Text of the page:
ローカル・コモンズにおける地域住民の「主体性」の所在 : 実践コミュニティの生成と権力関係について  [in Japanese] The Subjectivity of Local People in the Management of Local Commons : Formation of Power Relationships within a Community of Practice  [in Japanese]

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Abstract

近代化とグローバル化の進展にともない、ローカル・コモンズの管理における地域住民の主体性が問い直されている。本稿では、タイ東北部の事例を参照しながら、まず、ローカル・コモンズの主体のあり方を整理し、その上で、ローカル・コモンズの主体としての地域住民と社会に散在する権力との関係について考察する。「実践コミュニティ」の概念を用いることで、村落コミュニティのメンバーシップとは境界を異にするローカル・コモンズ管理への実質的な参加者を把握することができる。実践コミュニティと外部者との間のインタラクションは、ブローカーによって媒介され、外部の環境によって変化する。知識の権力はこうしたインタラクションを考える上で重要な視点である。共有資源管理においては、持続可能性に関する科学的な知識が地域住民の主体性を脅かしている。これに対し、地域住民は、持続可能性の意味を再交渉し読み替えを行うエイジェンシーとして彼らの主体性を守ろうとする。この読み替えによる対抗言説形成の過程に知識人が参画すると、地域住民にとって助力となると同時に、主導権を握られ、生活者の視点が、知識人のイデオロギーに再度、読み替えられ、結局、生政治的な知識の権力に従属することにもなりかねない。こうした状況を打破し、ローカル・コモンズ管理における住民の主体性を保つためには、実践レベルで公表された言説を緩やかに実行することで生活世界を防衛しつつ、地域住民自身が外部の知識の読み替えができるような能力を持つように学習・経験を積み重ねることが必要である。

<p>The management of communal resources by local people has recently emerged as one approach to establishing a system of sustainable natural resources. Thus far, the ability of local residents to manage resources has been discussed in terms of social organization, local wisdom, and adaptation to modernization. However, the rapidly increasing flow of people and information resulting from globalization has increased the diversity within communities and networks of people. The assumption that "local people" can be defined in terms of local commons based on geographical neighborhoods is no longer tenable. This article applies the notion of communities of practice to understand the subject of local commons in terms of actual participation. We also address the power relationship between local people as a community of practice and outsiders, and examine how local people can maintain the subjectivity with which they construct their own living environments by interacting with the natural environment. Villages in the area around Pha Taem National Park in Northeast Thailand manage their own community forests. The first community forest in this area was located near Na Pho Klang village. The villagers fought for their traditional communal forest, which the forest department originally planned to turn over to a private company for use as a plantation. Finally, the government formally agreed to allow the villagers to manage the forest as a communal resource. With the assistance of forestry personnel and NGO staff members, the villagers established written rules, organizational management guidelines, and patrol systems. Despite several early instances of broken rules, non-compliant behaviors were eventually eliminated. As a result of the revival of the forest and the greater availability of its natural products, villagers came to understand the importance of a community forest. At present, despite differences among themselves, all the villagers participate in community forest management activities to some extent. Indeed, even villagers who do not utilize resources derived from the community forest participate in its collective management to contribute to the welfare of the entire village community and future generations. The idea of community forests has expanded from Na Pho Klang to the surrounding villages. Villages in the same tambon, or sub-district, formed the "Dong Na Tham Forest Network" to facilitate collaboration in the management of community forests. That network further expanded to neighboring tambons, where new community forests were established. After the establishment of community forests in an area, leaders of the network, forestry officers. and NGO staff members visited nearby villages to encourage residents to establish their own community forests. They organized village meetings and explained the basic framework of community forests. They then allowed villagers to create their own rules and organizational structures according to their own preferences. In addition, the funding for community forests provided by the government and international organizations also attracted villagers to those projects. However, that funding system changed the mental set of villagers from that of volunteers. When the funds were subsequently exhausted, the network became inactive, and some villages discontinued their regular participation in management activities. The aforementioned example illustrates a community of practice involving local commons. Community forests were established on the basis of village communities. Yet, members of the communities of practice were not necessarily residents of the villages. Understanding the identities of actual participants and interpreting changes in patterns of participation in terms of the notion of a community of practice can clarify the actions of local people and the power relationships within communities and between communities</p><p>(View PDF for the rest of the abstract.)</p>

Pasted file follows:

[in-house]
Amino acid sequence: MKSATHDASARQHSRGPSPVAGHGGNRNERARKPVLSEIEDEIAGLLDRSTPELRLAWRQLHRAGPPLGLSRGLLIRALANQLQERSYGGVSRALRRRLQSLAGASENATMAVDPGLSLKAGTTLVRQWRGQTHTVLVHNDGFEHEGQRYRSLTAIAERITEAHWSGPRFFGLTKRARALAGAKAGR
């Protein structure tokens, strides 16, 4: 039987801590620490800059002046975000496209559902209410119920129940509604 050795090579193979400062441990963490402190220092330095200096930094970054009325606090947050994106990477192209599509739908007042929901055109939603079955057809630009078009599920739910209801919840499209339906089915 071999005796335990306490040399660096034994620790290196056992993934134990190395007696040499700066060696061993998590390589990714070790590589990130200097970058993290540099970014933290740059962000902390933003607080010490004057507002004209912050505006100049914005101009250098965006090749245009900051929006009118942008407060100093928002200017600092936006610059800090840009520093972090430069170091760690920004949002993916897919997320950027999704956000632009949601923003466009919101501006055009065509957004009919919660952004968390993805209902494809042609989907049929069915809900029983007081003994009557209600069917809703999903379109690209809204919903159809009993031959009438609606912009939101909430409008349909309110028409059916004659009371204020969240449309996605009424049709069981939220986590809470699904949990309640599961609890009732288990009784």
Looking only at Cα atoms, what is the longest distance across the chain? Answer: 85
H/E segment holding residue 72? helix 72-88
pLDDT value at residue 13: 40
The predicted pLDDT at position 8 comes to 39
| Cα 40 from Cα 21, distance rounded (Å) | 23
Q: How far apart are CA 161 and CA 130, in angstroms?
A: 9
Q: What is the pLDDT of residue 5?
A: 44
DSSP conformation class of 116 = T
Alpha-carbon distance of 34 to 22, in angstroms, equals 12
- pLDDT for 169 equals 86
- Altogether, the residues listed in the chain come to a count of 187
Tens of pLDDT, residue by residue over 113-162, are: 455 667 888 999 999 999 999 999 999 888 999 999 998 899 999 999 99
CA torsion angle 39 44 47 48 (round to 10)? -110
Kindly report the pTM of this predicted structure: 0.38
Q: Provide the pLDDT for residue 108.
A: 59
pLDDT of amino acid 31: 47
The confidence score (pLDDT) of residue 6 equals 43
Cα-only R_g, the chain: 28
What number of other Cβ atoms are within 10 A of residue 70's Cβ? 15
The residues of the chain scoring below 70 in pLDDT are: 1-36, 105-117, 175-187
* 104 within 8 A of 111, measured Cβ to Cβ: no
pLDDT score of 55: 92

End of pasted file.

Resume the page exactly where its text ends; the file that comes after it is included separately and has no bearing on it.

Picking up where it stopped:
Journal

  • Japanese Journal of Cultural Anthropology

    Japanese Journal of Cultural Anthropology 76(2), 125-145, 2011

    Japanese Society of Cultural Anthropology

Codes

  • NII Article ID (NAID)
    110008749821
  • NII NACSIS-CAT ID (NCID)
    AA11958949
  • Text Lang
    JPN
  • ISSN
    1349-0648
  • NDL Article ID
    025187181
  • NDL Call No.
    Z8-240
  • Data Source
    NDL  NII-ELS  J-STAGE 
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